The year was 1989, and I remember sitting in my 4th grade class, listening to our homeroom teacher teaching us about the drought in California and the need to conserve water. While the drought subsided a few years later and the water-saving methods we had learned became unnecessary, I would never forget what I really learned that day: every individual has a responsibility to protect the environment, and even the smallest acts can make a difference.
Nearly 30 years later, the global water crisis has grown more severe. One in nine people lack access to safe water and a million people die every year due to water, sanitation and hygiene-related disease. By 2025, the World Health Organization estimates that by 2025 half of the global population will be facing water scarcity.
When my producers and I began working on this project several years ago, we certainly wanted to make a film that spread awareness about the water crisis- Ultimately though, we wanted to focus on solutions to give audiences hope that we can solve this issue.
As we began our research, there was one statistic that truly blew me away: Israel leads the world in wastewater recycling, reusing more than 80% of its wastewater, with the next closest country being Spain at 20%. Following up on this we found that in a country that is mainly desert, and after years of drought in the 1980’s and 90’s, Israel has become a water exporter. Over the course of just a few decades, Israelis developed a unique social consciousness around water conservation that has resulted in homegrown solutions that are now used around the world. This is the kind of transformation we dream of for the global community. When it comes to water, Israelis are incredible role models for how individuals around the world can have an impact.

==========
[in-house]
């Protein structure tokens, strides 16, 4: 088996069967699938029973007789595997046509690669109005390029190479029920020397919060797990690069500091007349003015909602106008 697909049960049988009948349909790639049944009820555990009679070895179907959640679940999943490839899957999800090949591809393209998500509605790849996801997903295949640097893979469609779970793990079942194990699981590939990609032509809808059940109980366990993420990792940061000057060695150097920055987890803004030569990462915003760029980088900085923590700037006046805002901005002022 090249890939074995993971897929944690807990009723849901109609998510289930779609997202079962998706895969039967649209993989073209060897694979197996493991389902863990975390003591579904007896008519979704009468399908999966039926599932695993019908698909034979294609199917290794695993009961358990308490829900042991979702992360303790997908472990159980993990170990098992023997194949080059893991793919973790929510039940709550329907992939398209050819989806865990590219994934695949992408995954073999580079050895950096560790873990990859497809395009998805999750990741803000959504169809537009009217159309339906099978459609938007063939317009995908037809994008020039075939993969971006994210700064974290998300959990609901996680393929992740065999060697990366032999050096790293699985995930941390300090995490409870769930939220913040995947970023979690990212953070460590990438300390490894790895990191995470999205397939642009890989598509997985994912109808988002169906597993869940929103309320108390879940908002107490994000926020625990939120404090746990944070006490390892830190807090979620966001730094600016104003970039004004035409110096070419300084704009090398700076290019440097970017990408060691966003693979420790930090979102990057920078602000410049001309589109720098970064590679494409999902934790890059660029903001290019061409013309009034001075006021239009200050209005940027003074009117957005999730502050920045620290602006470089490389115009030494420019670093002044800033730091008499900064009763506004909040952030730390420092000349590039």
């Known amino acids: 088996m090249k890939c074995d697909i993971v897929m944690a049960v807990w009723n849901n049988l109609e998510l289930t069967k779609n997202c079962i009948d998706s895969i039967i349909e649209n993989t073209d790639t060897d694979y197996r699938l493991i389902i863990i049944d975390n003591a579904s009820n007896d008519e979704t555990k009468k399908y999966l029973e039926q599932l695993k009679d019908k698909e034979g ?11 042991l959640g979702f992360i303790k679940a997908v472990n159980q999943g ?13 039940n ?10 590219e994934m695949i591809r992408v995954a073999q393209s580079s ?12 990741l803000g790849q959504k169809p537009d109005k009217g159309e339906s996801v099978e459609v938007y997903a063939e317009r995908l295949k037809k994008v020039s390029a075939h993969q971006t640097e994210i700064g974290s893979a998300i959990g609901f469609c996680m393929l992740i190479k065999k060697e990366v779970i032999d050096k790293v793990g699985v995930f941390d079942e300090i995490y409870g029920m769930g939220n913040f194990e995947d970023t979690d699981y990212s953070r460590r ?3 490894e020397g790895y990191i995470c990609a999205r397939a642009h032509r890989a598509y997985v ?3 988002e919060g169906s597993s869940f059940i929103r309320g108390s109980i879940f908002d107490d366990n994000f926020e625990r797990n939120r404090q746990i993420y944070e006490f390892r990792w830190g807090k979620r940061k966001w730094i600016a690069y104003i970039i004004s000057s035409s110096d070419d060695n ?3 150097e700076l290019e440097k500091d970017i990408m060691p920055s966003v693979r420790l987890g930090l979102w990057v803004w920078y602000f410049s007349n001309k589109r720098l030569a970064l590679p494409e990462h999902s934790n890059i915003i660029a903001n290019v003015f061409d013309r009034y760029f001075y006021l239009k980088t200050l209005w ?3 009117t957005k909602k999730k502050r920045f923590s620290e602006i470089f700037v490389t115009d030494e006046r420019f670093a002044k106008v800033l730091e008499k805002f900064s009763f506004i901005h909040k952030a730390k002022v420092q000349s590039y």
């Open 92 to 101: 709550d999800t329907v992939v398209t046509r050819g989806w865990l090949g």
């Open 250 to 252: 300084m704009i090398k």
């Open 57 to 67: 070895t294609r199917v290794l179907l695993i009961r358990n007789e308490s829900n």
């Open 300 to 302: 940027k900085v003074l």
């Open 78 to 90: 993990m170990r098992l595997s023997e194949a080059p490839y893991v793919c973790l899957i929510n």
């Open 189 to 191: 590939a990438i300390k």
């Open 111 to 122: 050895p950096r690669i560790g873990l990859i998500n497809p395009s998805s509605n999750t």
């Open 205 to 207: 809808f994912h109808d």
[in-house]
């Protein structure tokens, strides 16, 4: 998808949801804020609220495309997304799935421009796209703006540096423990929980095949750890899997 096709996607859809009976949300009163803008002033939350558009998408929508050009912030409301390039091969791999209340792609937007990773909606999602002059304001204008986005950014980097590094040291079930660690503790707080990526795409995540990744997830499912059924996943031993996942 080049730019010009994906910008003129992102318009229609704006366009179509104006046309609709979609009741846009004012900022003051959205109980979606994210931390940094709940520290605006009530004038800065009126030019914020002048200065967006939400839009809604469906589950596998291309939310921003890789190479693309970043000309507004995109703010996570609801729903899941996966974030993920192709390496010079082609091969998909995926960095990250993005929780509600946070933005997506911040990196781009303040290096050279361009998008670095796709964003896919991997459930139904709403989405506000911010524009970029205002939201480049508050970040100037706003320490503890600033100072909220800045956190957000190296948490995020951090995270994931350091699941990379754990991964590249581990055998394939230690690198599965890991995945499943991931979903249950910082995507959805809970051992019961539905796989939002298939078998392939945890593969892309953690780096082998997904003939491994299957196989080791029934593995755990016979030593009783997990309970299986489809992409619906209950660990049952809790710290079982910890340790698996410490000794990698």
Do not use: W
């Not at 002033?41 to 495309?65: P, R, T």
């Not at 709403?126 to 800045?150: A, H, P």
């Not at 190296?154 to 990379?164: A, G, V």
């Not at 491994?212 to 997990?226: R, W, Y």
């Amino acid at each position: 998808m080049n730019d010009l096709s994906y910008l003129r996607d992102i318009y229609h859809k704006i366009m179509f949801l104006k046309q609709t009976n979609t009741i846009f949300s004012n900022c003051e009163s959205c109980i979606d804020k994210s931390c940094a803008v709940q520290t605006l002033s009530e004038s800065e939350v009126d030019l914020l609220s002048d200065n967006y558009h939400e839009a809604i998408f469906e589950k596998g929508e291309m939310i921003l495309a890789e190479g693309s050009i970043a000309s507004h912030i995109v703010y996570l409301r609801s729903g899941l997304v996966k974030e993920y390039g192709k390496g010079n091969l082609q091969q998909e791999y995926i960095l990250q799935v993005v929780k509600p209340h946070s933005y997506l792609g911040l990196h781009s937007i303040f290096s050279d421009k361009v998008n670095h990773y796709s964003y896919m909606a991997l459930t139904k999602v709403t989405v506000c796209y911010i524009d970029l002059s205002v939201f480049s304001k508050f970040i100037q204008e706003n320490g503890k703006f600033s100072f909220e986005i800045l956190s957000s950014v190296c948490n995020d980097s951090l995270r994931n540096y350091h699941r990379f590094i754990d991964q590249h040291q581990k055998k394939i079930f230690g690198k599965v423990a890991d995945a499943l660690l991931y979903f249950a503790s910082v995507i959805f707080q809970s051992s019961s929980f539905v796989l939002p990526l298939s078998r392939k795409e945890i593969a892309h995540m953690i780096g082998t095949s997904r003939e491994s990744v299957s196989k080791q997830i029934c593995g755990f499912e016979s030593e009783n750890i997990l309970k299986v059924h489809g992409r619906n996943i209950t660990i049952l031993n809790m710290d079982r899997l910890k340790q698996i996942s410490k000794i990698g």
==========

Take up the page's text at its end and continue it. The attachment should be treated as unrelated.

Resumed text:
It is our hope that by sharing the stories and insights of the people in this small country, our film will have an impact on the global water crisis. While Sustainable Nation tells the stories of just a few people working on issues of water scarcity, the film is ultimately meant to teach the same lesson I learned in 4th grade: every individual has a responsibility to protect the environment, and even the smallest actions can make a difference.